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How sugar babies get ready to go on a date

Four sugar babies discuss style in the sugar bowl and how clothes can help you get the most out of your arrangement

There are two life events where people are often at a loss for what to wear: job interviews and first dates. For sugar babies, the stress is even more real, given the two events are combined, and a successful first date could well lead to a steady monthly income. 

Although sugar dating – where one person receives cash, gifts, or other material benefits from another in exchange for an intimate relationship – is in no way a new thing, controversial sugar baby and sugar daddy dating site Seeking Arrangement, and others like it, helped to propel the idea to the masses. Seeking Arrangement is not without its controversy, not least because its founder, Brandon Wade, once said that love is a fairytale for poor people. Despite that, the site boasts over 500,000 members from UK universities alone, with the average SA sugar baby income sitting at more than £2,000 per month. 

Sugaring has well and truly hit the mainstream – can we blame it on listening to too much Lana Del Rey growing up? It’s hard to say – but what is clear is that the existing stereotypes surrounding sugar babies still persist. The image of the Barbie-esque young woman in a tight minidress sitting on the deathbed of an octogenarian billionaire is still largely relied upon when it comes to interpretations in popular culture, and, thanks to Twitter, there are thousands of memes which depict what we’d likely wear for the very specific occasion of our old, rich husband’s funeral. In fact, in 2019, the reality is quite different.  

Jade Seashell is a former sugar baby turned luxury dating consultant and regular contributor to sugar dating advice site Let’s Talk Sugar, which, alongside Seeking Arrangement’s own blog series, is a popular go-to for budding babies, with how to dress for your daddy a huge topic across both platforms (one video on SA is literally entitled Dressing For Daddy).  

Based on her ongoing research, Seashell believes that there is a formula for dressing to get the most out of your sugar daddy. But, surprisingly, it’s not about dressing for men. “It’s about dressing so that the men will want to please women. The principles that I have written about regarding what to wear come from research on what most rich men respond to,” she explains. Having found herself a celebrity sugar daddy early in her career as a sugar baby, her style was extremely feminine and elegant, “so I didn’t change anything.” She advises that “the best outfit to wear on a sugar date is a beige dress, high heels, a pink bag and a pearl necklace.”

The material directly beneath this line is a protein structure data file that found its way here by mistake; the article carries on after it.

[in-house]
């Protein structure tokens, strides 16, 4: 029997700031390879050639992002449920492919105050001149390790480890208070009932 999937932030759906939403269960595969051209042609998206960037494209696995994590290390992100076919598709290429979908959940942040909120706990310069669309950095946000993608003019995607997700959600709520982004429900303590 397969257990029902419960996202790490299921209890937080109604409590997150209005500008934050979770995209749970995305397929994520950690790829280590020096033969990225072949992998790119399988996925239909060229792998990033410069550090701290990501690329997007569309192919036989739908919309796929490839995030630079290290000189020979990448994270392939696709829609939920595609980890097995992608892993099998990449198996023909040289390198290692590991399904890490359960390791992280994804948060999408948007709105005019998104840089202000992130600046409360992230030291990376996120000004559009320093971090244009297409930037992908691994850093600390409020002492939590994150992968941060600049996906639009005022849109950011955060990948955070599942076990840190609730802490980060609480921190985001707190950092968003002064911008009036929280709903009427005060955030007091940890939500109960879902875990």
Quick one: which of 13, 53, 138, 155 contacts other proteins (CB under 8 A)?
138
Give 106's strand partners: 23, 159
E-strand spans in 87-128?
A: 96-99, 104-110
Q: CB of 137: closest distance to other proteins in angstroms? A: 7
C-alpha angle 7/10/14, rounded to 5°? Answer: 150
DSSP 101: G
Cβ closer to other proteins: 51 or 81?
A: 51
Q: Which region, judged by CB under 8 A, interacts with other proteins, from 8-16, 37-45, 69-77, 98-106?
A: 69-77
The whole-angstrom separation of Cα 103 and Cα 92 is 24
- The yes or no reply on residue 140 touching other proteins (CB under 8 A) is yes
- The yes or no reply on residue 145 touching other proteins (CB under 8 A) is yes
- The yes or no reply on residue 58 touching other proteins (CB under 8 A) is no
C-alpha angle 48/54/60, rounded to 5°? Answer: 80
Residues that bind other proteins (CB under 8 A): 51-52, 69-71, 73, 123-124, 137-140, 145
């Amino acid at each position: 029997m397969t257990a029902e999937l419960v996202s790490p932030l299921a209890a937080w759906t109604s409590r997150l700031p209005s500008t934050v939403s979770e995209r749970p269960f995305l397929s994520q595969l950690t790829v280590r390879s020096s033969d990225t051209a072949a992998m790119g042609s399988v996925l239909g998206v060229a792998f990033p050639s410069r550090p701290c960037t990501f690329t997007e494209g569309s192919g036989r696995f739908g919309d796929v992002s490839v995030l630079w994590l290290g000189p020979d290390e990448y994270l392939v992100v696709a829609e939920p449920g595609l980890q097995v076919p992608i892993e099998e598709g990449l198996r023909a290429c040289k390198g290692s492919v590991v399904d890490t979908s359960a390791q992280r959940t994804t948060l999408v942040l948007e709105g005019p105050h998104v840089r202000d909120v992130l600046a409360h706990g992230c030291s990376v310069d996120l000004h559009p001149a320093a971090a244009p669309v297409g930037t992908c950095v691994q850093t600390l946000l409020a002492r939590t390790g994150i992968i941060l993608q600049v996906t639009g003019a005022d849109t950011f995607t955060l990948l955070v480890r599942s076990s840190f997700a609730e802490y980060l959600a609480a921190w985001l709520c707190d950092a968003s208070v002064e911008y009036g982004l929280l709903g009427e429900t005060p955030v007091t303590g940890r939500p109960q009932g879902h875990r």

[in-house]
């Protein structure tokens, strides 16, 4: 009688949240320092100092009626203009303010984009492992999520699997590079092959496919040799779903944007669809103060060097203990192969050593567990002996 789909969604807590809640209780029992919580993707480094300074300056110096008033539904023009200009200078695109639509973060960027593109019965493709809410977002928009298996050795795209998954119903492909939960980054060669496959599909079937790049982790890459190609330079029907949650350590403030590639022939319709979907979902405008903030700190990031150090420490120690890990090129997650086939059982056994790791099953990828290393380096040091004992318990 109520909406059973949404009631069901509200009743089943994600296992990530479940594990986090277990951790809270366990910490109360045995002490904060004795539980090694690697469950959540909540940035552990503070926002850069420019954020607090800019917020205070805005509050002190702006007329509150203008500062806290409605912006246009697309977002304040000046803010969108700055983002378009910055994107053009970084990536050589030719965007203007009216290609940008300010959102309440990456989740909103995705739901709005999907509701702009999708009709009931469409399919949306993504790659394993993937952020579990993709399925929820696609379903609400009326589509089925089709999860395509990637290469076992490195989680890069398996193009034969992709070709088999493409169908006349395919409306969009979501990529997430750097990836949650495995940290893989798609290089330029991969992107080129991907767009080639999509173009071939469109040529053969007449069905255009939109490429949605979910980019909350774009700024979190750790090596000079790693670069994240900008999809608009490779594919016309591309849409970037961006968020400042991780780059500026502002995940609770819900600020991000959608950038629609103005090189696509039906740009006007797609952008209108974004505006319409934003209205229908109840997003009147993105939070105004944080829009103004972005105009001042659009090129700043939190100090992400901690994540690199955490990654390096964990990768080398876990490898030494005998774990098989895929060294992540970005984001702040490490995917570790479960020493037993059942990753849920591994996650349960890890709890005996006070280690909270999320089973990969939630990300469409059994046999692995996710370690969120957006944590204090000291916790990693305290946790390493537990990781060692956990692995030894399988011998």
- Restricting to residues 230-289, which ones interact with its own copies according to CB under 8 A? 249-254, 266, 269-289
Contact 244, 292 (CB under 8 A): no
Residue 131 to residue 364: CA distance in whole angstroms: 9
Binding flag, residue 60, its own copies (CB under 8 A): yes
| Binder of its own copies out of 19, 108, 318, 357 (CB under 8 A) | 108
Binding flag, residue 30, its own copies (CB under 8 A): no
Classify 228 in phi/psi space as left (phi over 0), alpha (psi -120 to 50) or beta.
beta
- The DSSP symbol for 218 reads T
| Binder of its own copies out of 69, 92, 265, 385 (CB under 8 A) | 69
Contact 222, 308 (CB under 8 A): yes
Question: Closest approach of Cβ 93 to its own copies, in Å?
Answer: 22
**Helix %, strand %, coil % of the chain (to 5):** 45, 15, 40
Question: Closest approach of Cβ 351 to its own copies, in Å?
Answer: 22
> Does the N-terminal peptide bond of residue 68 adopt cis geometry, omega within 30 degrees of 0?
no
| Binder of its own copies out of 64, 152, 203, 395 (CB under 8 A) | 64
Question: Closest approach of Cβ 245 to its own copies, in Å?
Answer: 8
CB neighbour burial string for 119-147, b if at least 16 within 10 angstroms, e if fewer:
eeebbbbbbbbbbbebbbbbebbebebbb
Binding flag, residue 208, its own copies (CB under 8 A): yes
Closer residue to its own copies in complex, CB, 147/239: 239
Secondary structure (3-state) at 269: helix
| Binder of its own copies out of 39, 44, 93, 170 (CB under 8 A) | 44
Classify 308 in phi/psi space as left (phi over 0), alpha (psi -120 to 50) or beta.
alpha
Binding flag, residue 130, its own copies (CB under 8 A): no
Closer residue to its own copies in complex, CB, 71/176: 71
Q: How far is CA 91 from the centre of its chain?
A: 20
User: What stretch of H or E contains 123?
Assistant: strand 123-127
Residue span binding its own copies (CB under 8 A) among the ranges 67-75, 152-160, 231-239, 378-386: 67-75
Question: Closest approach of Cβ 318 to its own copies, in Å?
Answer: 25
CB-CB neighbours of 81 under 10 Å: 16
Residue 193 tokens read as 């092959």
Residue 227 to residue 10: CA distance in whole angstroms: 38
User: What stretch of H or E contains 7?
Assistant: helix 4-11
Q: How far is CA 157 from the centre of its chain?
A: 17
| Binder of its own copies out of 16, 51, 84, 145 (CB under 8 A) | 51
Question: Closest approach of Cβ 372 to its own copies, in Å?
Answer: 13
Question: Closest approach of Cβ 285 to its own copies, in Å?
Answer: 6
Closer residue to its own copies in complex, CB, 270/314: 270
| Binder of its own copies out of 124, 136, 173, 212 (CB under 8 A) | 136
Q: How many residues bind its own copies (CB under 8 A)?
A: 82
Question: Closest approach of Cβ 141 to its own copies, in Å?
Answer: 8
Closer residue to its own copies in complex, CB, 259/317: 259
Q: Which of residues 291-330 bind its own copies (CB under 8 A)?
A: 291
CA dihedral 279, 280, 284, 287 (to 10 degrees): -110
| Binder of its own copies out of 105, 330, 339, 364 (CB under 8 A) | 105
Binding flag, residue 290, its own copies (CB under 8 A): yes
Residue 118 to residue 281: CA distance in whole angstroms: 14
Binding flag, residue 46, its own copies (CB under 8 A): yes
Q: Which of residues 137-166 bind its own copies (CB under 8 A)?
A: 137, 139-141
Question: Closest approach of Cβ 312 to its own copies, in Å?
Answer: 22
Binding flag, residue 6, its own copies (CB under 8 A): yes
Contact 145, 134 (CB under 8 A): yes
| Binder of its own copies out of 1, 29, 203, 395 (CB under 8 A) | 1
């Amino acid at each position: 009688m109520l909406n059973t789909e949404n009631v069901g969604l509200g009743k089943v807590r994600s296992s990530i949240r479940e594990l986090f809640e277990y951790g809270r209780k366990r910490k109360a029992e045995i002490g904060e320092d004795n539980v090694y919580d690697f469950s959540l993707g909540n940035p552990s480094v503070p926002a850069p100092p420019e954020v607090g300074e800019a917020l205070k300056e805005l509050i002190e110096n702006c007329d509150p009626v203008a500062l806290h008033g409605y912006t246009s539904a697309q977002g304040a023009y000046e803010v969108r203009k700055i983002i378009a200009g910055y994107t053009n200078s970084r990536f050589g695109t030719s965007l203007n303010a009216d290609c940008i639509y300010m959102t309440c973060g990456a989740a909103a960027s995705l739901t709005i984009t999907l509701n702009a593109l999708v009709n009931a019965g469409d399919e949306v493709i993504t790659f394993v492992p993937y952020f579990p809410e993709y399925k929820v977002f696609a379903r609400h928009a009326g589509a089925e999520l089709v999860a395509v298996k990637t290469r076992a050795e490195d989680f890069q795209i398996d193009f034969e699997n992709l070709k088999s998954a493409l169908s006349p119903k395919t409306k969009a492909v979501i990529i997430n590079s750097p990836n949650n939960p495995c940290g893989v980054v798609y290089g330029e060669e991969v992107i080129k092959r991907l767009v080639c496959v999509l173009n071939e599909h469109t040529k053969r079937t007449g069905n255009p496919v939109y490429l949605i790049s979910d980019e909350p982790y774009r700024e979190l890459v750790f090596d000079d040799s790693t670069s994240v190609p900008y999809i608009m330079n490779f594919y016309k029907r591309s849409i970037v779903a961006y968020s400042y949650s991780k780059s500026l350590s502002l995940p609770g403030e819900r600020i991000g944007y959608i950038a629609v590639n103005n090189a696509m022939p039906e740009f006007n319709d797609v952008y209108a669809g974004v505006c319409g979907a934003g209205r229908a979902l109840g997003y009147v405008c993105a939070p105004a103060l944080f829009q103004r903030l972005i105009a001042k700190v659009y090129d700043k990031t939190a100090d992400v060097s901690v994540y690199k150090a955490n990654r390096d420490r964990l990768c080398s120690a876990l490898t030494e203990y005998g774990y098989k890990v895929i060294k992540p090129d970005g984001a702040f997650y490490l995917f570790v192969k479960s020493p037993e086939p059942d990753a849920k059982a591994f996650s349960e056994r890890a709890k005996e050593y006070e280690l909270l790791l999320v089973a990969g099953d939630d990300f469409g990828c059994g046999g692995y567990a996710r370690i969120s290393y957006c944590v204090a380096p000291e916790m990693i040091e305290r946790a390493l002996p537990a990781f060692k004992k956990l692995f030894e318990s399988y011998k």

While they might get results among the sugar baby community, Seashell’s ideas are sometimes pretty controversial. She tells women not to cut their hair too short and to ‘walk like a lady’, with her advice often limiting women to reductive feminine stereotypes. That said, for many babies, playing up their femininity when on the lookout for a potential daddy is fun. 

“There’s a sense of superiority in dressing in a grossly sexy outfit and knowing the dumb old man will eat it up,” says 21 year-old sugar baby Sunday. “My sugar baby style is much, much more feminine and more ‘asset enhancing’ than my everyday personal style. One time I went all out and wore a mini skirt, fishnets, a bodysuit, heels, and a trench. I felt super mysterious in a really cliché, fun, seductive way.” But, she adds, “it’s a fine line because you want to look hot and worth the money, but you also want the waiters to think you’re having dinner with your dad and not a daddy.”

That’s not to say she’s not had any less-than-enjoyable experiences, though, with a number of daddies asking her to wear things she’s not been comfortable with.  “One time a sugar daddy tried to get me to wear nothing but lingerie and a trench in October, but I said no to that because I wanted money, not hypothermia,” she explains.